Pediatric Vision Screening

Noelle S. Matta, CO, CRC, COT; David I. Silbert, MD, FAAP

Disclosures

Int Ophthalmol Clin. 2014;54(3):41-53. 

In This Article

Why We Need Pediatric Vision Screening

Pediatric vision screenings are essential to detect poor vision, refractive anomalies, and medically threatening eye disorders, most of which are treatable. Amblyopia, defined as reduced and uncorrected vision in a structurally normal eye, can be caused by significant refractive error, misalignment of the eyes, or deprivation such as visually significant ptosis (droopy eyelid) or a cataract.[1] It is well documented that children who receive pediatric vision screening have a decreased prevalence of amblyopia and ocular disorders when compared with an unscreened population.[2,3] Amblyopia is reversible with treatment during childhood, and it is generally believed that the earlier amblyopia risk factors are identified and amblyopia treatment is initiated, the more likely the child will develop normal vision.[4] Left untreated amblyopia can lead to a permanent reduction in vision in one or both eyes and is the leading cause of vision loss in adults under the age of 40 years.[5]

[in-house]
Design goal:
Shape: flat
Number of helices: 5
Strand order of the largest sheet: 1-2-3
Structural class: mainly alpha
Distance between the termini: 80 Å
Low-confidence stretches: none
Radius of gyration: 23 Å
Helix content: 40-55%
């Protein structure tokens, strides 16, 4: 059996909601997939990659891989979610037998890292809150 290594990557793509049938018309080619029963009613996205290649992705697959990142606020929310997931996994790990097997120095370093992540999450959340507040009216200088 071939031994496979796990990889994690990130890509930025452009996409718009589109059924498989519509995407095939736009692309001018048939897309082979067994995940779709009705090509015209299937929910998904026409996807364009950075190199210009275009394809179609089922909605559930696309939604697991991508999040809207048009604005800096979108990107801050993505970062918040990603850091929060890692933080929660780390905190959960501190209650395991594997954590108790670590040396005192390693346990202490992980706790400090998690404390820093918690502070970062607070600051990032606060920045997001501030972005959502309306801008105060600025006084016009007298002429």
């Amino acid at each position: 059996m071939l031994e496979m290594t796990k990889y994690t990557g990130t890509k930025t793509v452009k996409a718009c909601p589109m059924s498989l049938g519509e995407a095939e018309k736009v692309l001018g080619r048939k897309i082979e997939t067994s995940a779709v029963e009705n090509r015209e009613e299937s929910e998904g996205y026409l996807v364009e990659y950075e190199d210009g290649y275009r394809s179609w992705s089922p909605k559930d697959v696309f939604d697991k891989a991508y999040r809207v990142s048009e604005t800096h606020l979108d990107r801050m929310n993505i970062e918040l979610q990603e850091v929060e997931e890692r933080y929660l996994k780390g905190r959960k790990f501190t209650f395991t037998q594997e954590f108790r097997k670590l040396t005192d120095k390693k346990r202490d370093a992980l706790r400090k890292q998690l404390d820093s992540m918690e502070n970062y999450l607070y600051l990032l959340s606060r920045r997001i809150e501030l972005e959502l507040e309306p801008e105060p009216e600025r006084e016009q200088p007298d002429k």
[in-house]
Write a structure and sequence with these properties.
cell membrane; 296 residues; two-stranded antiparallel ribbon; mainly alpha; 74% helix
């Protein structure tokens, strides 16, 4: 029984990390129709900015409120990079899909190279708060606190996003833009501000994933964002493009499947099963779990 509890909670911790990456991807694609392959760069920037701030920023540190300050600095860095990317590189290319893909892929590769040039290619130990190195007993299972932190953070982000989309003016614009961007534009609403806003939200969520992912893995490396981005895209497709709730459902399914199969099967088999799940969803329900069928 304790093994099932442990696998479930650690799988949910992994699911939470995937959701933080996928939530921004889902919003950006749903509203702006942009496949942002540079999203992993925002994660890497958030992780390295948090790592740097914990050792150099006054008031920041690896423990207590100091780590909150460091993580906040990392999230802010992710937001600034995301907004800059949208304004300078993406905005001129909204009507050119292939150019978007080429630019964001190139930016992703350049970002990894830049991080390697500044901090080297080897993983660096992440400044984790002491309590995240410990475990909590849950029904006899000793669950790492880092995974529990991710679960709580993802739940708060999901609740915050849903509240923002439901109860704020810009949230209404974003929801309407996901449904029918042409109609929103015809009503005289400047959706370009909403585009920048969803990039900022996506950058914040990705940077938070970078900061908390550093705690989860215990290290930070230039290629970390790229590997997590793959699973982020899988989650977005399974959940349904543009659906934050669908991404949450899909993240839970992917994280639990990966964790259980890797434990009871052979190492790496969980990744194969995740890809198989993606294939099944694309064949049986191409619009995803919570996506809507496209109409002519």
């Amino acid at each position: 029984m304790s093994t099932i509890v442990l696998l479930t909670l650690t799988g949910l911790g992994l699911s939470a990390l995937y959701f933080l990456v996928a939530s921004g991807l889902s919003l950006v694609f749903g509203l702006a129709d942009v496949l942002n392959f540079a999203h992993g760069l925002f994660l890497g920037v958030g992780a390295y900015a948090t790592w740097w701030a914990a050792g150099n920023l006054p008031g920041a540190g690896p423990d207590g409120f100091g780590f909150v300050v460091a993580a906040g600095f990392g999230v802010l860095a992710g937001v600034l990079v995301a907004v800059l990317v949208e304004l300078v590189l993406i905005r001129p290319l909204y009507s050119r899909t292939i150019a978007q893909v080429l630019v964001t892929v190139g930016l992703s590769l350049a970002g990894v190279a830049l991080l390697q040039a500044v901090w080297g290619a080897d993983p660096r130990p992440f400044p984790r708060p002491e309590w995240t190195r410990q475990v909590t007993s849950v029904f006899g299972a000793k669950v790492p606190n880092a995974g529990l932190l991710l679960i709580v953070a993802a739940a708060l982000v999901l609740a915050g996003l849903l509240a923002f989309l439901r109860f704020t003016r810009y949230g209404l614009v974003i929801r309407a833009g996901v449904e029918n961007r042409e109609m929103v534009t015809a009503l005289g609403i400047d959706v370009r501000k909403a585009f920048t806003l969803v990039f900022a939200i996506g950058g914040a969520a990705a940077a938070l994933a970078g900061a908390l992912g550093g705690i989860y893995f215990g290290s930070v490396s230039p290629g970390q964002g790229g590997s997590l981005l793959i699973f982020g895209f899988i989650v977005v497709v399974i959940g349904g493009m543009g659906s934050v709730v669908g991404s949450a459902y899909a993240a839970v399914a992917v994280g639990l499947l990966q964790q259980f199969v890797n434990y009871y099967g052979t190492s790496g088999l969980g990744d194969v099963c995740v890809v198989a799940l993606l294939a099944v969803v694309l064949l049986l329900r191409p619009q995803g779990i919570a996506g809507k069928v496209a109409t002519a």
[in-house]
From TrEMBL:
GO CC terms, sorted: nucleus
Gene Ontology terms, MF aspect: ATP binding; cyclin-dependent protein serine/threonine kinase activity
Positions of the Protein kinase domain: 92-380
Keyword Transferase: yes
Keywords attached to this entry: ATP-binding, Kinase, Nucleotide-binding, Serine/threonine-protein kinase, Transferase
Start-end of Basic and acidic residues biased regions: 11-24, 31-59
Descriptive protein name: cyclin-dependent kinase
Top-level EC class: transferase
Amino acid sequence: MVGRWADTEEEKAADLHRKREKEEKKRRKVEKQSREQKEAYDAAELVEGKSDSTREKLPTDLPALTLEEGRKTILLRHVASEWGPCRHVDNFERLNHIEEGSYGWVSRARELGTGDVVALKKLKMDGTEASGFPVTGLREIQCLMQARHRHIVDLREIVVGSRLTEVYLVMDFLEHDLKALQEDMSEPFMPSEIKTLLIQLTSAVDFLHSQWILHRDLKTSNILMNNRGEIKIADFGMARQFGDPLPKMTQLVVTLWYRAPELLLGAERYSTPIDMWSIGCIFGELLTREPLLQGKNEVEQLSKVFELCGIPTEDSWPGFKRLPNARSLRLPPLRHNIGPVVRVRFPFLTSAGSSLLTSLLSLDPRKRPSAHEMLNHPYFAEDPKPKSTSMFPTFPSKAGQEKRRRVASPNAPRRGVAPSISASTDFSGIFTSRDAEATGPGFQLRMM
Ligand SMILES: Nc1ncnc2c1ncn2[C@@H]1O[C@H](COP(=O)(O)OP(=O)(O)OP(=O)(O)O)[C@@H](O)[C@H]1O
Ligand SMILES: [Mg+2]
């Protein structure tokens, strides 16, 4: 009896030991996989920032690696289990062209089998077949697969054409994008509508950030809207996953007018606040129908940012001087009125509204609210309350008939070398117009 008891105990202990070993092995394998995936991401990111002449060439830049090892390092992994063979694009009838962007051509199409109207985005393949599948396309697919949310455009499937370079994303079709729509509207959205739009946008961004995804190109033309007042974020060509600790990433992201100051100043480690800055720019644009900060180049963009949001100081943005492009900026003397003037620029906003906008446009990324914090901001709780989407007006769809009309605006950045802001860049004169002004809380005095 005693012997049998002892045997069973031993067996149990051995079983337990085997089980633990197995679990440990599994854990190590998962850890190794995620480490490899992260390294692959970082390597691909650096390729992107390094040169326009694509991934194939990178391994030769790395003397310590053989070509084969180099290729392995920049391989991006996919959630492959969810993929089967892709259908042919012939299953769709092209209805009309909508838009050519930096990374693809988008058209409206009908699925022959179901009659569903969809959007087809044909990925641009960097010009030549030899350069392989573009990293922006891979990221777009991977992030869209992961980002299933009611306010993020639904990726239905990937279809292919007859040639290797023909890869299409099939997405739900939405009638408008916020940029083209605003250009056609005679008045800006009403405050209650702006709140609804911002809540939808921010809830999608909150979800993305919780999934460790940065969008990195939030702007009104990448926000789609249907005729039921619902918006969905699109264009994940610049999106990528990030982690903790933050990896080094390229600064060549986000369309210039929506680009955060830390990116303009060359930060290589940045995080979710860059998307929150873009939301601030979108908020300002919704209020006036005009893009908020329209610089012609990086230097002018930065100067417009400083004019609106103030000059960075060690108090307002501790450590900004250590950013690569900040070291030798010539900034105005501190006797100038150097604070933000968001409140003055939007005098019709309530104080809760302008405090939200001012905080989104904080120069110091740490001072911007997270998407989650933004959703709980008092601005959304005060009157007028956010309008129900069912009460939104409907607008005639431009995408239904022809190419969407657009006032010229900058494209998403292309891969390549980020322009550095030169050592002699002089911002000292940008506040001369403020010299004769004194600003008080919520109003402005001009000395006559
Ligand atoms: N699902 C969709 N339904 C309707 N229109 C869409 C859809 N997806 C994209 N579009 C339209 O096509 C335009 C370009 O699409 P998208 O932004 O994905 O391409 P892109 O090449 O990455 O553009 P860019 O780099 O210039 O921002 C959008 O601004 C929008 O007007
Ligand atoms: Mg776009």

Pediatric vision screening is extremely cost effective. The cost of pediatric vision screening is approximately $10 to $21 per child. The cost/Qualy ratio for amblyopia screening is estimated at $6000. This is significantly less than the same metric for annual screening for diabetics for retinopathy, which is estimated at $231,000, and considered a mandatory practice by many health care insurers and organizations. It is estimated that a single comprehensive eye examination on all 4-year-old patients would cost approximately $485 million.[6] If children undergo 5 eye examinations from birth to the age of 10 years, as suggested by the American Optometric Association Guidelines, the cost would far exceed $1 billion.[7]

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